Who Would Do The Most for Cities? Mayor Pete or Mayor Mike?


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This New York Times story chronicles the many ways Michael Bloomberg has cultivated mayors and cities. He often dispenses grants to cities across the nation, and has funded a mayoral training program at Harvard. There’s a lively network of Bloomberg-grateful mayors who swap tips and apply for more grants. They also help educate Bloomberg on urban issues, such as the folly of stop-and-frisk. Gratitude flows, as you might expect.

Several beneficiaries have now endorsed Bloomberg for president. (Some mayors of note: Louisville, San Jose, Columbia, S.C, Gary, Ind., Stockton, CA.) Tacoma Mayor Victoria Woodards has endorsed Mayor Mike after her first choice, Kamala Harris, dropped out of the race. Woodards is quoted as saying “When you start to engage with Mike, you are with Mike forever.” “Forever” being mayorspeak for at least a few months.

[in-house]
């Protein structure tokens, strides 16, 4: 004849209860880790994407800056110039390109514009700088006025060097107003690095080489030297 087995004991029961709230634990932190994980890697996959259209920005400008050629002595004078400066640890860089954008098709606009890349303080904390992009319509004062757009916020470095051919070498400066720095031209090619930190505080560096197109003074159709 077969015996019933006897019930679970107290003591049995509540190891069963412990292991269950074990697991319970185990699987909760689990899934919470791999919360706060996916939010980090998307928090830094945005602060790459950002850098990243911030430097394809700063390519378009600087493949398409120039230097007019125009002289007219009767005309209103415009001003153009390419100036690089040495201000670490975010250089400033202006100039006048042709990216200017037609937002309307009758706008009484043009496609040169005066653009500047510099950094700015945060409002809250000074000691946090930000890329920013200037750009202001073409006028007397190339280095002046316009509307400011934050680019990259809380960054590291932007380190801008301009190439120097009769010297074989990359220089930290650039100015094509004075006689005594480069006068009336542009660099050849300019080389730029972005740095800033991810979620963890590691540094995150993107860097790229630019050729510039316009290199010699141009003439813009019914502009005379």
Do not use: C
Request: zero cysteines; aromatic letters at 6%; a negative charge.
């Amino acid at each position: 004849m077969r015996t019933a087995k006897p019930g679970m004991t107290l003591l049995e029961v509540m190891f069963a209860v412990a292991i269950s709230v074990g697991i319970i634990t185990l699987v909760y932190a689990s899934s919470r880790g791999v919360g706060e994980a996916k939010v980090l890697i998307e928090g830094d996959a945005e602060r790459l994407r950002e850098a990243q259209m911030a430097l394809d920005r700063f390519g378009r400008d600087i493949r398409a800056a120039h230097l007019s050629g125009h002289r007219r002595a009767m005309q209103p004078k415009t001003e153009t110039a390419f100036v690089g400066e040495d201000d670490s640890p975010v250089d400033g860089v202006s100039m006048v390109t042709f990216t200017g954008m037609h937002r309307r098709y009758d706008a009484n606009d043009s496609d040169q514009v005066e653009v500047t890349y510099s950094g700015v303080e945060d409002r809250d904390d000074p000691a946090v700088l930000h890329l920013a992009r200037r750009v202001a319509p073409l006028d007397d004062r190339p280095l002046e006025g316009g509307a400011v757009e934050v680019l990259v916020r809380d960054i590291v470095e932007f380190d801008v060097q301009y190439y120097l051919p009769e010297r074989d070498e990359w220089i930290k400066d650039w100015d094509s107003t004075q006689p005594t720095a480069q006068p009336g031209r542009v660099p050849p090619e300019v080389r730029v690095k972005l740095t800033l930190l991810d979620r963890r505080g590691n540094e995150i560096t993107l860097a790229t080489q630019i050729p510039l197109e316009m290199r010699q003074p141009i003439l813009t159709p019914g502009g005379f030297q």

Mayors running for president are pretty rare, though this year there are four: Mayor Pete, Corey Booker, Julian Castro, and Bloomberg. Urbanism being a major religion in Seattle, one wonders if that will translate into local support for a Democratic mayoral candidate for president, now that Jay Inslee no longer locks up local (if tepid) support. Booker, as former mayor of Newark, would seem to be an atypical town; South Bend, where Buttigieg is still mayor (but term-limited), is too small; San Antonio, Castro’s town, is also unusual being in Texas and strongly hispanic.

That leaves New York, hardly a typical town, but certainly one with the full banquet of tough urban issues. And many grateful fellow-mayors.

David Brewster
David Brewster
David Brewster, a founding member of Post Alley, has a long career in publishing, having founded Seattle Weekly, Sasquatch Books, and Crosscut.com. His civic ventures have been Town Hall Seattle and FolioSeattle.


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